You can see how green the sea looks near the shore in the photo and it becomes darker blue towards the horizon. The colours I used for the sky are cerulean blue and flake white, and for the sea: Windsor emerald, phthalo turquoise and French ultramarine. In previous paintings of this scene I added some clouds, but this time I resisted the temptation; I think the pure round white head of the gull intersecting with the cloudless blue sky works well.

'Seagull looking out to sea'

This time I struggled with the bird's feathers and I still wasn't happy with the picture.

More work done to the tail feathers and sea

I deepened the shadow for the seagull and carried on working on the feathers until I felt I was going round in circles with them. Something was still jarring with the picture and I couldn't quite put my finger on it. But then, while writing this blog, I realised what the problem was. You see, it became obvious to me when comparing these pics with the original photo at the top that I have made the seagull's legs too short. Right at the start I got the scale of the body and head too big to comfortably fit the feet on the canvas. If I knew it was going to throw the painting off so much I would have started again. Lesson learned, I hope! So it is useful for me to blog about a painting. Not only does it hopefully inform or interest others, it can help me analyse where a painting might have gone awry.

Final version of 'Seagull looking out to sea' by Karen Davies

Oh well, I think the answer is to get myself a copy of 'Drawing Birds' (published with the RSPB in 1986 and revised in collaboration with Bill Oddie in 2004). This book was produced by the brilliant wildlife artist John Busby, who died aged 87 in June 2015. He was passionate about painting birds and was also an inspirational teacher. He was able to capture the essence of a bird's movement in just a few strokes of pencil and watercolour wash in the field and develop the rest of the painting back in the studio. See for yourself using this link:  I couldn't even capture a seagull standing still, so I have much to learn from the master!

Other arty news is that a new gallery dedicated to a French artist Irene Laksine has opened in the high street in Cookham. Her work seems to be mostly flamboyant, colourful abstracts and looks very interesting. I must check it out, although I think her silk scarves prints are a bit beyond my pocket!  C'est la vie.

Sunday, 27 December 2015

Counting sheep

Happy Christmas, dear reader! A friend commissioned me to paint a landscape for her partner. It was  a Christmas present so I can only hope that it was well received – after all, art is subjective so it might not be to his taste at all. My brief was to use the photo (below) of somewhere in the Cotswolds, supplied by my friend, as a basis for the painting. Then, as Martin Gayford puts it in his introduction to A Bigger Message: Conversations with David Hockney (2011), I set about doing what all artists attempt to do 'make the world around us seem more complex, interesting and enigmatic than it usually appears'.

My first thought was that the sheep looked rather lonely, so I sourced another one to give it some company. In the end I used one of the sheep in the foreground of a painting I admire very much, titled 'Strayed Sheep' by William Holman Hunt (1852). The posture of the animal added a bit of drama to the piece - in the original painting it is perched on a cliff edge, but for this painting I inserted a tree trunk in the bottom right hand corner of the canvas. I also decided to accentuate the undulations of the hills in the background.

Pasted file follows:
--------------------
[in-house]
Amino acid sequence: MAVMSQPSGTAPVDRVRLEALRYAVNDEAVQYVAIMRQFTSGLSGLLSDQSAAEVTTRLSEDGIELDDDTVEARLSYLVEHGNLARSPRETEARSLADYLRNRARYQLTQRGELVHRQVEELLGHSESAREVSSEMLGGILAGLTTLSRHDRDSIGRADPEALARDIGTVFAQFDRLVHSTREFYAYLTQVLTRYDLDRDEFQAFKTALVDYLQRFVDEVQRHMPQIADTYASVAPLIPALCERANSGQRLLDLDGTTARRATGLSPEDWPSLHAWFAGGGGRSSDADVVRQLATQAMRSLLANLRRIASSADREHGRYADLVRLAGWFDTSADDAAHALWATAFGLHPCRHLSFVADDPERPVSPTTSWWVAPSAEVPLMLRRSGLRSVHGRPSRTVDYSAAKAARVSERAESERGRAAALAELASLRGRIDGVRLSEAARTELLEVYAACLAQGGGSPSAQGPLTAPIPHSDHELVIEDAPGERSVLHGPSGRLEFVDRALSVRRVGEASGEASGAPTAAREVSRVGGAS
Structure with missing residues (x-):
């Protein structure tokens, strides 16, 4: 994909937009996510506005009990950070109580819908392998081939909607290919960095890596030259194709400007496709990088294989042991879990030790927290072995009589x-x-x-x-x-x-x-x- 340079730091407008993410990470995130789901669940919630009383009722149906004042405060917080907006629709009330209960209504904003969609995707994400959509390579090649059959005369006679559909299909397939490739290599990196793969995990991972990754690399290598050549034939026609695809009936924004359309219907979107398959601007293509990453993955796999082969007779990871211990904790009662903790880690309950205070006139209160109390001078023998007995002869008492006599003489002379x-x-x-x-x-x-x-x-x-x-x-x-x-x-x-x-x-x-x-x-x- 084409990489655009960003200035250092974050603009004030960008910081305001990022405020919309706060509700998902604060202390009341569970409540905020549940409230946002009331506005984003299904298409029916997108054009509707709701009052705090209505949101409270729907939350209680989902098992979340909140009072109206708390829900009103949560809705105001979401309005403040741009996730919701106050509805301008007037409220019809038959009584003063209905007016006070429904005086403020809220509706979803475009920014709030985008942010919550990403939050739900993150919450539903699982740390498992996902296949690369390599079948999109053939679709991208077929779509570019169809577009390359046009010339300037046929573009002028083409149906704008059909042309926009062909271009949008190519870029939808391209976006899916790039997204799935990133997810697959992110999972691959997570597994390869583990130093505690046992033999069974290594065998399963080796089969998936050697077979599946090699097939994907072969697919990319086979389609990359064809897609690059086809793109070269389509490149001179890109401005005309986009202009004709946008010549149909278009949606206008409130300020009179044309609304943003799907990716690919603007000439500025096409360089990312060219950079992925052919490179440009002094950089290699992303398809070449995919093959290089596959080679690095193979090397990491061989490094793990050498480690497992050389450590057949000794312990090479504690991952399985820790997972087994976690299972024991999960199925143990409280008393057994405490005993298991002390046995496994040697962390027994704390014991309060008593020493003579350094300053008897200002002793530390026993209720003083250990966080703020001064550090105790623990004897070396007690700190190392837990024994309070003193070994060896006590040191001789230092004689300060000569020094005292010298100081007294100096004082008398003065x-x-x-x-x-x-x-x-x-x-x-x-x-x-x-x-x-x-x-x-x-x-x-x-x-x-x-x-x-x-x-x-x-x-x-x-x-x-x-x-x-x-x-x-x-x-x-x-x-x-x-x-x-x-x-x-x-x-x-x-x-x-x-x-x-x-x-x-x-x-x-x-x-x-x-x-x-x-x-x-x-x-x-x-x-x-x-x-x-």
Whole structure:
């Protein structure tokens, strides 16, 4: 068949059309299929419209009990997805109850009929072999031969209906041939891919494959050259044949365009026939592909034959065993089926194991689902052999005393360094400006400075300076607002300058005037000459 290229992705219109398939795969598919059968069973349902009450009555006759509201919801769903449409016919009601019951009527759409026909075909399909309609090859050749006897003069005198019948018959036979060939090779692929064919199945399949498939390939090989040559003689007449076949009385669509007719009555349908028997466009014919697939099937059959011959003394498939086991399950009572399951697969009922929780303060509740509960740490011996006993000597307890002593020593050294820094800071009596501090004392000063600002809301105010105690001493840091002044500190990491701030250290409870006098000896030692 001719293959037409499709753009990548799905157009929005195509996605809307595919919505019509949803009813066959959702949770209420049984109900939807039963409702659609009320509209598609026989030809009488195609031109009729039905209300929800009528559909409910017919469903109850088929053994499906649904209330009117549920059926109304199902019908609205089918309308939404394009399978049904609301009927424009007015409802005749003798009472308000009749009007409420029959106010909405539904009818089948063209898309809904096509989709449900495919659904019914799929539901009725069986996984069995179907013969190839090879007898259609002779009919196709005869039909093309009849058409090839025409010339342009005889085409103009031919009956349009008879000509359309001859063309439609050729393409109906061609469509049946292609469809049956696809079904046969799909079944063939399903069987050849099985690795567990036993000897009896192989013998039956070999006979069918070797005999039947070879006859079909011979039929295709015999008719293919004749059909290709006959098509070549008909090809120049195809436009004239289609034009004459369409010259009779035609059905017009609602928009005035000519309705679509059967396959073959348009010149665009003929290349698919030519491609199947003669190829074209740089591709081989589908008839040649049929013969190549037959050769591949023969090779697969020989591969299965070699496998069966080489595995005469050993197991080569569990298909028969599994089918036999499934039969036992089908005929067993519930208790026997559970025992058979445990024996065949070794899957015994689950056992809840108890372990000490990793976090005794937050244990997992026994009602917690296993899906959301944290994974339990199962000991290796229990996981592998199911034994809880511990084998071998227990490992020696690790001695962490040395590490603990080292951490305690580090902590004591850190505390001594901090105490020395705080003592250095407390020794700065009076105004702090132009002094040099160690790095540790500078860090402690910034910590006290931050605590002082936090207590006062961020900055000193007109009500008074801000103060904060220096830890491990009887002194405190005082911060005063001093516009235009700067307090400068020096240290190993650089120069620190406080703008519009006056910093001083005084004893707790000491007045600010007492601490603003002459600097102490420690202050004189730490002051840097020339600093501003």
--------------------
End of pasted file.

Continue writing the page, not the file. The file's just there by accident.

Adding an extra sheep in bottom right
After blocking in the colours and main forms I set about adding more detail and layers paint. You may feel as though this is a bit like spot the difference, but the following pictures show the gradual development of the painting.

Adding branches and defining fields in the background

I added clouds to help the branches stand out more

More colour was added to the river and fields in the distance

More emphasis is given to the shadows made by the sheep

And here is the end result:

Sheep in the Cotswold (2015) (20" x 16") oil on canvas by Karen Davies

My next painting is of a couple of my chickens in the snow last winter, so I'll be back to show you how that turns out, and hopefully many more in 2016.


Gayford M (2011) A Bigger Message: Conversations with David Hockney. Thames & Hudson, London.

Sunday, 23 February 2014

Water, water everywhere...

Yes, there certainly is a lot of water here in Cookham and it's not advisable to drink it, because I am of course referring to flood water. Little did I know when I wrote my last blog about the flooding in the locality that it would happen again, and much worse this time. It has been the wettest winter for more than 100 years, according to the Met Office, and the Army was called in to defend the country from this 'unprecedented natural disaster'. Extraordinary times or perhaps not so if these weather patterns keep recurring.

The new waterways created by the swollen Thames kept the birds happy and I've seen plenty of seagulls. However none as well fed as the one in the painting I am blogging about. That's because it's from a photo of a seagull in Cornwall and it looks as though it has got away with a few tourists' fish 'n chips. I find them pretty scary actually. The painting is the second one I've done from a series of photos taken by my friend Lindsay FitzPatrick.